Weird Bible Stories, Part 6

Time. It’s the one thing we all have; it’s the one thing we all take for granted. We waste it, yet we wish we had more of it. Sometimes, time drags on and on, but other times it flies. Time. We’ll all get to the day when we’ll do anything for just a little bit more of it. Which is sad, because so many of us spend our time killing it. As Thoreau wrote,

As if you could kill time without injuring eternity.

I dare say there many of us who, probably in our youth, did much injury to eternity as we frittered away the hours, killing each moment not realizing there would come a day when we’d be desperate to get them back. But, alas, once you use up an hour, you can’t get it back. And no matter how hard you try, you can’t get more than 60 seconds in a minute, 60 minutes in an hour, 24 hours in a day. Or can you? Once upon a time, there was a man who managed to make time stand still. It’s never happened again, but it did happen once. And that’s our weird Bible story: Joshua’s long day.

It all began with a political coalition of five kings, allied against God’s people. You just know things will end badly for those five kings; going against God’s people is never a good idea, but that never stops some people from trying.

A peace treaty leads to war

If you know your Hebrew history, you know that by Joshua 10, the Israelites had finally begun to take the Promised Land, as per the Lord’s instructions. Their 40 years of wandering around the desert was over, and under Joshua’s able leadership, the land promised to them centuries before was theirs for the taking. But nobody said it would be easy! You probably noticed this in your life: Serving Him isn’t all sunshine and roses. Being obedient to the Lord’s will isn’t always easy, not because His will is all that difficult, but because those around you won’t always like the direction your life will take. Often, though not always, following God’s will can take you away from the will of others.

God was fighting for Israel as she pressed into Canaan, so all they had was success. Of course, this scared the local kings, who were afraid of losing their kingdoms to Israel. One of those frightened kings was the king of Jerusalem. Interestingly enough, this is the first time we read of Jerusalem in the Bible. His name was Adoni-Zedek, a name that means, “the Lord of righteousness.” His kingdom, Jerusalem, was formerly known as “Jebus” because it was where all the Jebusites lived. Of the Jebusites, this was said:

This is how you will know that the living God is among you and that he will certainly drive out before you the Canaanites, Hittites, Hivites, Perizzites, Girgashites, Amorites and Jebusites. (Joshua 3:10 | TNIV)

Israel was doing just that, and they were closing in on the Jubusites.

Now Adoni-Zedek king of Jerusalem heard that Joshua had taken Ai and totally destroyed it, doing to Ai and its king as he had done to Jericho and its king, and that the people of Gibeon had made a treaty of peace with Israel and had become their allies. (Joshua 10:1 | TNIV)

It was that peace treaty with Gibeon that caused Adoni-Zedek to create the five-kingdom alliance to stop Israel.

The Gibeonites then sent word to Joshua in the camp at Gilgal: “Do not abandon your servants. Come up to us quickly and save us! Help us, because all the Amorite kings from the hill country have joined forces against us.”. (Joshua 10:6 | TNIV)

Gibeon was a huge city, although it didn’t have a king. The fact that this large city-state would defect and join Israel would send signals to other city-states that the only way to survive Israel’s invasion would be to join them. This was what terrified Adoni-Zedek, who quickly created a powerful alliance that, as far as he was concerned, would stop Israel in its tracks. He reasoned that punishing Gibeon would stop others from signing peace treaties with Israel.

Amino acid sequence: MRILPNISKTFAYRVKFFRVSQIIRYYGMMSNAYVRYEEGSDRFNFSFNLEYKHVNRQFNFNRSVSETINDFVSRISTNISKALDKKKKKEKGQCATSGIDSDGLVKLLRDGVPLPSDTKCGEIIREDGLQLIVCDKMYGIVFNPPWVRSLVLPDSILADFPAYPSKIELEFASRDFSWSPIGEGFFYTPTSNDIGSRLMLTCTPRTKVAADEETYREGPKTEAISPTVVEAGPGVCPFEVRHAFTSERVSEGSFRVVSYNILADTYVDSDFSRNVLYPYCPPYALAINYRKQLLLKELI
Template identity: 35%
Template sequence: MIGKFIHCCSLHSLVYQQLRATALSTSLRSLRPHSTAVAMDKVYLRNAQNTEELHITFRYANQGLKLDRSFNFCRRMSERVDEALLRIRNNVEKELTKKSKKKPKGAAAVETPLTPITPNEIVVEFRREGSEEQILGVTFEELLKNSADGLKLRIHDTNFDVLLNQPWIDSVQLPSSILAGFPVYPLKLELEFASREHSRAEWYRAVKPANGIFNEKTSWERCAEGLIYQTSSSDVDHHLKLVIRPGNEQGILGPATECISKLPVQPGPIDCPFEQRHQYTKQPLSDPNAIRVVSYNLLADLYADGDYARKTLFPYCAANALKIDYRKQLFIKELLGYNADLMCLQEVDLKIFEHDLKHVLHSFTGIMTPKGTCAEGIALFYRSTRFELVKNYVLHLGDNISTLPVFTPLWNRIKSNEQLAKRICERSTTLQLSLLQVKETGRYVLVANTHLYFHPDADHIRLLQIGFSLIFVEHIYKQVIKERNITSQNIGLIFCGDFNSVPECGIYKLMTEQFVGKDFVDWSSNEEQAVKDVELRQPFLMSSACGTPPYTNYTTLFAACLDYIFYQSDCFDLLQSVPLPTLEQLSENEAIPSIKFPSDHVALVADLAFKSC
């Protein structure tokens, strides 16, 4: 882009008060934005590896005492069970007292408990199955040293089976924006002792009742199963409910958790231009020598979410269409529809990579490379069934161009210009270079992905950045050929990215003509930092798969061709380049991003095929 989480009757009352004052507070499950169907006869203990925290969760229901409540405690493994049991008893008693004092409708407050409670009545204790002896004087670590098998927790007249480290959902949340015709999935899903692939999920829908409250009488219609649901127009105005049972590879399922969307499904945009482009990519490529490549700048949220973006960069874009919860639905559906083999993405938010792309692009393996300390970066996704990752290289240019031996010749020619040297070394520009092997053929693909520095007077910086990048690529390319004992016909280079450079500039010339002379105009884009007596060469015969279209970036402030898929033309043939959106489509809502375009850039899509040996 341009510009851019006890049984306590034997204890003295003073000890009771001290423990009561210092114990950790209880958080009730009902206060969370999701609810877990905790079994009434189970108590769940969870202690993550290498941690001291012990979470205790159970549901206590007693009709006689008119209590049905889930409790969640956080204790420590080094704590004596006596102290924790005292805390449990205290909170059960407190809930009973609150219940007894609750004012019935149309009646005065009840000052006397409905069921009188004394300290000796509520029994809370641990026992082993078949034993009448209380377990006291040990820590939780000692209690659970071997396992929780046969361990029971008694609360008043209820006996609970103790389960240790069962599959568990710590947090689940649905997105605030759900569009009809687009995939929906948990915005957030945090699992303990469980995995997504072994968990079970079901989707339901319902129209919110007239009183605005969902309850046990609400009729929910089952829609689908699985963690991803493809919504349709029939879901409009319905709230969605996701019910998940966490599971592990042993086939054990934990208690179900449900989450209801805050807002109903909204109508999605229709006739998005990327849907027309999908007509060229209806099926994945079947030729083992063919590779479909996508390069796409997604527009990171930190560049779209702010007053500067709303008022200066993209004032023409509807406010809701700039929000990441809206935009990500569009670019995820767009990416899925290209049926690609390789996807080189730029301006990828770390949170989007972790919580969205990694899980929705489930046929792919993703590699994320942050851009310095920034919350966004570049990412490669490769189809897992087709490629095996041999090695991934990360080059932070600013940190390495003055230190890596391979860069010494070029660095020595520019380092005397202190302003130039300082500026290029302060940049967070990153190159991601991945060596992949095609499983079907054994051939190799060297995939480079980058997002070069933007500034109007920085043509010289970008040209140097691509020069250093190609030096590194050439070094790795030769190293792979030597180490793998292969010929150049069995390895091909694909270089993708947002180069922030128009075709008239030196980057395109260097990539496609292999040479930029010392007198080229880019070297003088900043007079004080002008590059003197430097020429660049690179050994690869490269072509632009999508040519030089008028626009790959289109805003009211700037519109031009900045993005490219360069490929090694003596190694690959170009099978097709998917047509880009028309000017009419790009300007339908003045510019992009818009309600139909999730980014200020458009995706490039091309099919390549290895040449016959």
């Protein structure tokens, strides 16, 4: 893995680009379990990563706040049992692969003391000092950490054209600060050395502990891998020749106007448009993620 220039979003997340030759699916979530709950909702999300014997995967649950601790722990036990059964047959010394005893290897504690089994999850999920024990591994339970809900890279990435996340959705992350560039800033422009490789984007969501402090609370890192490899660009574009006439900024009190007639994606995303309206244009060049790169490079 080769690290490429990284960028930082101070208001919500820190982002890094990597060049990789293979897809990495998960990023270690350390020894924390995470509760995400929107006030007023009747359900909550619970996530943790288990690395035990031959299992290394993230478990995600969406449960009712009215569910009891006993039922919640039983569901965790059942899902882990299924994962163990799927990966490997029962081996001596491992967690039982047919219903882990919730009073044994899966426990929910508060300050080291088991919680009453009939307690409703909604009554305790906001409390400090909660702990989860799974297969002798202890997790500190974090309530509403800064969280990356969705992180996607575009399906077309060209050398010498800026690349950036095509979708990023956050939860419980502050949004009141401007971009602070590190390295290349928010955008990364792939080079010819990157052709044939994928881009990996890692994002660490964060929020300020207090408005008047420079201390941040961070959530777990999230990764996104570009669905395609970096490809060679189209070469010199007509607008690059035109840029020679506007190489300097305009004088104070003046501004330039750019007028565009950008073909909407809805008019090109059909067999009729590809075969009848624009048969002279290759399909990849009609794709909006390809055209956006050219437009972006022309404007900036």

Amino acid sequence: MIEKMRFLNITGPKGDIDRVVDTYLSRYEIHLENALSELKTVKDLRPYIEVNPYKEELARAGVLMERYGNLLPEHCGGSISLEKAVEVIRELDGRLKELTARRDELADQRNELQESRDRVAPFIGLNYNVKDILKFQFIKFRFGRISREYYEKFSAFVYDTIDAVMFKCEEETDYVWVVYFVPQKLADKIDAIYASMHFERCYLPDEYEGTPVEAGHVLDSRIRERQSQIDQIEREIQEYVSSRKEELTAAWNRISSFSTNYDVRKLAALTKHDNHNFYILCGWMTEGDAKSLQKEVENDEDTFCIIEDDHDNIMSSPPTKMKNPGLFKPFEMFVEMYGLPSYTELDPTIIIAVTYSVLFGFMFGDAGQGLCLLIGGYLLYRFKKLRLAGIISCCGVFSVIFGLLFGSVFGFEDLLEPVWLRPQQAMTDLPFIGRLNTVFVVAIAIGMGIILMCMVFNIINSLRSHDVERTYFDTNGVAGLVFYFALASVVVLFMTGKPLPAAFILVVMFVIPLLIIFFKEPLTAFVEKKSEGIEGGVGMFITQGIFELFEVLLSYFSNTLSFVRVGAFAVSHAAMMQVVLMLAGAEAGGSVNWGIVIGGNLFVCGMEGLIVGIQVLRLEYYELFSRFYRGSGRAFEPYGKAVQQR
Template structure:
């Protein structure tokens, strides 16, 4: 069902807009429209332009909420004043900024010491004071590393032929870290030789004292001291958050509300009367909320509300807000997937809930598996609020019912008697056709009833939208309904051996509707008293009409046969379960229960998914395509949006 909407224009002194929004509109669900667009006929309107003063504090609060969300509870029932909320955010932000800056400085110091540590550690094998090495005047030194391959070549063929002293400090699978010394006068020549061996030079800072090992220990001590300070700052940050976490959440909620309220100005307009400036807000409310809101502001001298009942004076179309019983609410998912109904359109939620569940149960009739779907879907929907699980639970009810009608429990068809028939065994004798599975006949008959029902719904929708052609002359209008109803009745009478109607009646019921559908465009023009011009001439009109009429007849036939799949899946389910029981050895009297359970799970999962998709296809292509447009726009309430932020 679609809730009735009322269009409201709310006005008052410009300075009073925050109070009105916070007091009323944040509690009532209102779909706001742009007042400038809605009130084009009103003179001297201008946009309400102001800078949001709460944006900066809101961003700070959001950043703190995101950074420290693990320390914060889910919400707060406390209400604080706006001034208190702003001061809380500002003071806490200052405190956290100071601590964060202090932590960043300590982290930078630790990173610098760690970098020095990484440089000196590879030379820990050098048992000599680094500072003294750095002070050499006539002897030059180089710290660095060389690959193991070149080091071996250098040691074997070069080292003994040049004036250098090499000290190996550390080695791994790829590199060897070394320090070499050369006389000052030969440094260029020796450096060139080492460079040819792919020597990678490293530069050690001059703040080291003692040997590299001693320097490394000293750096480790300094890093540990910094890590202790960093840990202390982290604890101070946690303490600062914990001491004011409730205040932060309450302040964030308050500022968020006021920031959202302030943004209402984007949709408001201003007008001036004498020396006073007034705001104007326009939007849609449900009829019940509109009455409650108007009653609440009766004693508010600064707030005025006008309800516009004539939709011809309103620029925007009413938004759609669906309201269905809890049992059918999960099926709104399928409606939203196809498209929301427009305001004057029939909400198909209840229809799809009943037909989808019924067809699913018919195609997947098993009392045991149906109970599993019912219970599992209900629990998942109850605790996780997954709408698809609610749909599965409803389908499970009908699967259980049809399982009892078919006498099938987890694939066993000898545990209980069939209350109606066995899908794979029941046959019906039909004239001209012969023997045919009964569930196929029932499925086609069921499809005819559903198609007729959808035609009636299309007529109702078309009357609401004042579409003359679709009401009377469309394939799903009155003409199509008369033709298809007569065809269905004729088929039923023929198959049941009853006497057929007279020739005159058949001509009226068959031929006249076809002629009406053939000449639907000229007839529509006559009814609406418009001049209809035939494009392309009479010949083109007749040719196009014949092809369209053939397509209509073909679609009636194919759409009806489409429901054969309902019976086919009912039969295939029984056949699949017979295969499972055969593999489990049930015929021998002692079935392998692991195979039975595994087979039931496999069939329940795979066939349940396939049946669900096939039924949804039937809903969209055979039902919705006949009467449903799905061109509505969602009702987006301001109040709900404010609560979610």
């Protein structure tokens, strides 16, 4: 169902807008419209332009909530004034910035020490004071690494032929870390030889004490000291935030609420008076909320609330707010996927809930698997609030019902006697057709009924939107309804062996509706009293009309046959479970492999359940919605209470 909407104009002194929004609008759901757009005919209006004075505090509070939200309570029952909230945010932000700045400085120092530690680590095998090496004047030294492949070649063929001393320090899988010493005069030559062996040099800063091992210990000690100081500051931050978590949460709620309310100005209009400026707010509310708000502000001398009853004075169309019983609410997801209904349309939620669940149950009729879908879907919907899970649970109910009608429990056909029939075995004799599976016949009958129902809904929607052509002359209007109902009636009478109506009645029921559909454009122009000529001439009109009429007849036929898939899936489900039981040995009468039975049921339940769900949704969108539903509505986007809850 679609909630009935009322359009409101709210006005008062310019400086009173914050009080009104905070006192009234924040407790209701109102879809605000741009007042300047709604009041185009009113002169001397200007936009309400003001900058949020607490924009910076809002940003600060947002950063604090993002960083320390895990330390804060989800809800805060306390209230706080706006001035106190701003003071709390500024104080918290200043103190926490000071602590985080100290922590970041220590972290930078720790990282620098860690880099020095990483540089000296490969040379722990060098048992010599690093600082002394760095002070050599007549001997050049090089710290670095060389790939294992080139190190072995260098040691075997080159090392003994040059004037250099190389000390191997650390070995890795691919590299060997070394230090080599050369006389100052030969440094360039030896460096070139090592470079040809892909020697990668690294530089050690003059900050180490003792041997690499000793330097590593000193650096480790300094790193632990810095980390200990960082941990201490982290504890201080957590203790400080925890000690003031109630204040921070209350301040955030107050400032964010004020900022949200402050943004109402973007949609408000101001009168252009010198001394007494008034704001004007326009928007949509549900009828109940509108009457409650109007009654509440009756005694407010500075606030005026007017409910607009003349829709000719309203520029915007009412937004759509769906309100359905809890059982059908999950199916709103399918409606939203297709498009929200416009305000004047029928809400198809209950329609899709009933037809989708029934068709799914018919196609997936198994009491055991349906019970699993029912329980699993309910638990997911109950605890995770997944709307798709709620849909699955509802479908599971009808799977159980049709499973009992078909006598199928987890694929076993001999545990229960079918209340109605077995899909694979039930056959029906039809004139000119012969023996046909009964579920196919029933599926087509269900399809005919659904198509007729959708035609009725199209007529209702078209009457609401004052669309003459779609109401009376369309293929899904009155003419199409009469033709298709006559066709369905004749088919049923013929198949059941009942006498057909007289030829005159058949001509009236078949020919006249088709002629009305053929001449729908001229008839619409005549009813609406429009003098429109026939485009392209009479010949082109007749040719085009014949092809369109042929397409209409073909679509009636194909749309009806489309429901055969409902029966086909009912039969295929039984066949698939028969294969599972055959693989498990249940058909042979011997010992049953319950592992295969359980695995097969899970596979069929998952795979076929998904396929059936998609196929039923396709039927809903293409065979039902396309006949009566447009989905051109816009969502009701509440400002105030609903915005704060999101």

The Gibeonites then sent word to Joshua in the camp at Gilgal: “Do not abandon your servants. Come up to us quickly and save us! Help us, because all the Amorite kings from the hill country have joined forces against us.”. (Joshua 10:6 | TNIV)

Looking at the Gibeonite situation, Christians can learn a some lessons. First, when people identify themselves with God (or even God’s people), opposition arises. Our Lord understood this:

Everyone will hate you because of me, but those who stand firm to the end will be saved. (Matthew 10:22 | TNIV)

The second thing we can learn from these Gibeonites was how they confronted this potentially devastating situation. In fact, they did three brilliant things:

• They unashamedly cried out to God’s people for help. All their other friends had turned against them.
• They showed that they had a very simple faith in God as One who had greater power than all the kings of the Amorites that dwell in the mountains. This simple faith was based upon the reports they had received of God’s miraculous work on behalf of Israel.
• And finally, they accepted the ready response to their need. From Gilgal came Joshua and all the people of war with him, and the Gibeonites discovered that identification with God’s people may lead to problems, but being on God’s side was much better than they ever thought possible.

The long day

Even as Joshua prepared to fight for the Gibeonites, the Lord reassured him of certain victory:

The Lord said to Joshua, “Do not be afraid of them; I have given them into your hand. Not one of them will be able to withstand you.”. (Joshua 10:8 | TNIV)

That’s not a new promise from God; He had reminded Joshua many times not to be afraid, that victory was guaranteed. But there are two sentences in verse 8 and we’d better read that second one and talk about it. Yes, Joshua had been commanded by God to “not be afraid of them.” The “them,” of course, refers to the five-king confederacy and their combined military might. Any sane man would be fearful facing that, but the man who trusts in God is the most sane man. But it’s that second sentences that gives pause: “Not one of them will be able to withstand you.” In other words, victory was assured but Joshua and his army would have work to do; God’s people would have to do their part.